Furthermore, the steep and flat keratometry values were measured with AS-OCT (CASIA-2: topography tool, real axial power readings) and Scheimpflug tomography (Pentacam HR; Oculus, Wetzlar, Germany).


The programme SPSS for Windows (V.24, SPSS Inc) was used for statistical analysis of the data. Normal distribution of the data was examined with the Kolmogorov-Smirnov test showing no normal distribution. Mean values and SDs (±SD) are presented for metric values. Mann-Whitney U test (MWU test) was used for comparison of parameters of two groups with a significance level set at 5% (p=0.05). Applying the Bonferroni correction for multiple statistical tests, the significance level for this study has to be set at 0.002 (26 single tests).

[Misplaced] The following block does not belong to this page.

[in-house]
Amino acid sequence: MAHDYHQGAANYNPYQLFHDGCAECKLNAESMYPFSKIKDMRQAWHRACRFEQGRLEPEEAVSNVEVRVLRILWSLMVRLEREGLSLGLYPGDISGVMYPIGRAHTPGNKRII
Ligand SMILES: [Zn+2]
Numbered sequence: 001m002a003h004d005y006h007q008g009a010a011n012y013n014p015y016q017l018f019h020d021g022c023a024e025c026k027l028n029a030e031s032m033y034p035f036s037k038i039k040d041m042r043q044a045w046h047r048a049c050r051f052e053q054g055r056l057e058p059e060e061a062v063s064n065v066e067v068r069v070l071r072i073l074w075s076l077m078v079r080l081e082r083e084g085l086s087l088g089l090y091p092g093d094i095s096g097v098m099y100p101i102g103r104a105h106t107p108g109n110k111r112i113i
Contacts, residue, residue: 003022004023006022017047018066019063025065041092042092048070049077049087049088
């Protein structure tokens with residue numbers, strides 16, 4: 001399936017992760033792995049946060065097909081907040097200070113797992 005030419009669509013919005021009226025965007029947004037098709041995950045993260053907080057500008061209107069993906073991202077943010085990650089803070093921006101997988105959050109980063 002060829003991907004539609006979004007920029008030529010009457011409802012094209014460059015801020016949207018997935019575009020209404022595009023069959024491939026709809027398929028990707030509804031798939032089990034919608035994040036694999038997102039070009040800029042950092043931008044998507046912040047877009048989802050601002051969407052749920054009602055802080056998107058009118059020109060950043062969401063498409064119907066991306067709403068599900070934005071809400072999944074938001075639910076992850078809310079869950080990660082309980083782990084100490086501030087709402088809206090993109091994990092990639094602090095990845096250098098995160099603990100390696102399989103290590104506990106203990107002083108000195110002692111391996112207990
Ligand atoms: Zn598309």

Patients’ characteristics

Fifty eyes with previous PK were included in the study. Mean age at time of examination was 63±11 years. Mean interval between PK and time of AS-OCT examination was 25±10 years. PK had been performed at an average age of 38±13 years. Apart from the 50 post-PK eyes, 30 healthy age-matched eyes were included as control group (mean age: 62±14 years, p=0.857).

Thirty per cent of post-PK eyes were assessed as morphologically normal, that is, there were no clinical signs of ectasia (n=15), 70% as ectatic (n=35, figure 1A–D). In patients with ectasia, the interval since PK was significantly longer than in normal eyes (ectatic eyes: 29±9 years, non-ectatic eyes: 16±7 years, p<0.001). There was no significant difference in the age at time of examination between the two groups (ectatic eyes: 64±10 years, non-ectatic eyes: 61±13 years, p=0.497). Keratoplasty surgery had been performed at a younger age in eyes with ectasia than in eyes without ectasia (45±14 years, p=0.024). However, this difference was not significant after Bonferroni correction for multiple tests.